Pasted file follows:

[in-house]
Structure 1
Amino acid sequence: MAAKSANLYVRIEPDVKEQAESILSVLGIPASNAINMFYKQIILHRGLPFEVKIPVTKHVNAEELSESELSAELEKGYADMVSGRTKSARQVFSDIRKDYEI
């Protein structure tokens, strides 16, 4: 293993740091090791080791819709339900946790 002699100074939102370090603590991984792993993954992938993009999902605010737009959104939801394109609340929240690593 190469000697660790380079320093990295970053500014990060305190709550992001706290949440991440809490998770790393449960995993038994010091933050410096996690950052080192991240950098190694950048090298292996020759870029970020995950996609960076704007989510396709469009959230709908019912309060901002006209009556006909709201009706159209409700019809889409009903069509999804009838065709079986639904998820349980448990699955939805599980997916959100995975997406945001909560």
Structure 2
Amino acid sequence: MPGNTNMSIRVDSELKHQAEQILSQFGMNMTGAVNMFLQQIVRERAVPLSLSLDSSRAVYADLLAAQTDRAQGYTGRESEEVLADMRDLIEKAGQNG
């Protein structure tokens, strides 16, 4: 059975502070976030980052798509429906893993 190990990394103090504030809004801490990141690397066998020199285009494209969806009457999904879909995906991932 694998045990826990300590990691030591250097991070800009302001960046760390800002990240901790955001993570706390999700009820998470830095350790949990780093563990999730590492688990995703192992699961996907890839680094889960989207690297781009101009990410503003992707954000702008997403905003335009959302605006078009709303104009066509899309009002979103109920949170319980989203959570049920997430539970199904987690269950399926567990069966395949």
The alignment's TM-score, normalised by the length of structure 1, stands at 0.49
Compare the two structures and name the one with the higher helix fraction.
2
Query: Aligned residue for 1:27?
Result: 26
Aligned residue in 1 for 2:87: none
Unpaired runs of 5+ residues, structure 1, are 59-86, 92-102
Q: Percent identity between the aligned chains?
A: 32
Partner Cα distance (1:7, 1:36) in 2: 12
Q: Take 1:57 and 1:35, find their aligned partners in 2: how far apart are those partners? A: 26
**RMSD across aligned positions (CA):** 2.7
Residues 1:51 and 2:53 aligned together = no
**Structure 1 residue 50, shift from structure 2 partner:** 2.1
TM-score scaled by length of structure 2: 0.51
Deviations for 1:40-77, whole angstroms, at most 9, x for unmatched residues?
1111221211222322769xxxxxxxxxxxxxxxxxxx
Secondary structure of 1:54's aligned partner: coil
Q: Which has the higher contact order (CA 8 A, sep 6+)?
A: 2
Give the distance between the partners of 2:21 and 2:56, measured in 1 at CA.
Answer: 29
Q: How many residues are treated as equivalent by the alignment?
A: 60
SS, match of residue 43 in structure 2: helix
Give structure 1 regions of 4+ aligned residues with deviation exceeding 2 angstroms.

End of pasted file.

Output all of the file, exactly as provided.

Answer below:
[in-house]
Structure 1
Amino acid sequence: MAAKSANLYVRIEPDVKEQAESILSVLGIPASNAINMFYKQIILHRGLPFEVKIPVTKHVNAEELSESELSAELEKGYADMVSGRTKSARQVFSDIRKDYEI
């Protein structure tokens, strides 16, 4: 293993740091090791080791819709339900946790 002699100074939102370090603590991984792993993954992938993009999902605010737009959104939801394109609340929240690593 190469000697660790380079320093990295970053500014990060305190709550992001706290949440991440809490998770790393449960995993038994010091933050410096996690950052080192991240950098190694950048090298292996020759870029970020995950996609960076704007989510396709469009959230709908019912309060901002006209009556006909709201009706159209409700019809889409009903069509999804009838065709079986639904998820349980448990699955939805599980997916959100995975997406945001909560």
Structure 2
Amino acid sequence: MPGNTNMSIRVDSELKHQAEQILSQFGMNMTGAVNMFLQQIVRERAVPLSLSLDSSRAVYADLLAAQTDRAQGYTGRESEEVLADMRDLIEKAGQNG
């Protein structure tokens, strides 16, 4: 059975502070976030980052798509429906893993 190990990394103090504030809004801490990141690397066998020199285009494209969806009457999904879909995906991932 694998045990826990300590990691030591250097991070800009302001960046760390800002990240901790955001993570706390999700009820998470830095350790949990780093563990999730590492688990995703192992699961996907890839680094889960989207690297781009101009990410503003992707954000702008997403905003335009959302605006078009709303104009066509899309009002979103109920949170319980989203959570049920997430539970199904987690269950399926567990069966395949």
The alignment's TM-score, normalised by the length of structure 1, stands at 0.49
Compare the two structures and name the one with the higher helix fraction.
2
Query: Aligned residue for 1:27?
Result: 26
Aligned residue in 1 for 2:87: none
Unpaired runs of 5+ residues, structure 1, are 59-86, 92-102
Q: Percent identity between the aligned chains?
A: 32
Partner Cα distance (1:7, 1:36) in 2: 12
Q: Take 1:57 and 1:35, find their aligned partners in 2: how far apart are those partners? A: 26
**RMSD across aligned positions (CA):** 2.7
Residues 1:51 and 2:53 aligned together = no
**Structure 1 residue 50, shift from structure 2 partner:** 2.1
TM-score scaled by length of structure 2: 0.51
Deviations for 1:40-77, whole angstroms, at most 9, x for unmatched residues?
1111221211222322769xxxxxxxxxxxxxxxxxxx
Secondary structure of 1:54's aligned partner: coil
Q: Which has the higher contact order (CA 8 A, sep 6+)?
A: 2
Give the distance between the partners of 2:21 and 2:56, measured in 1 at CA.
Answer: 29
Q: How many residues are treated as equivalent by the alignment?
A: 60
SS, match of residue 43 in structure 2: helix
Give structure 1 regions of 4+ aligned residues with deviation exceeding 2 angstroms.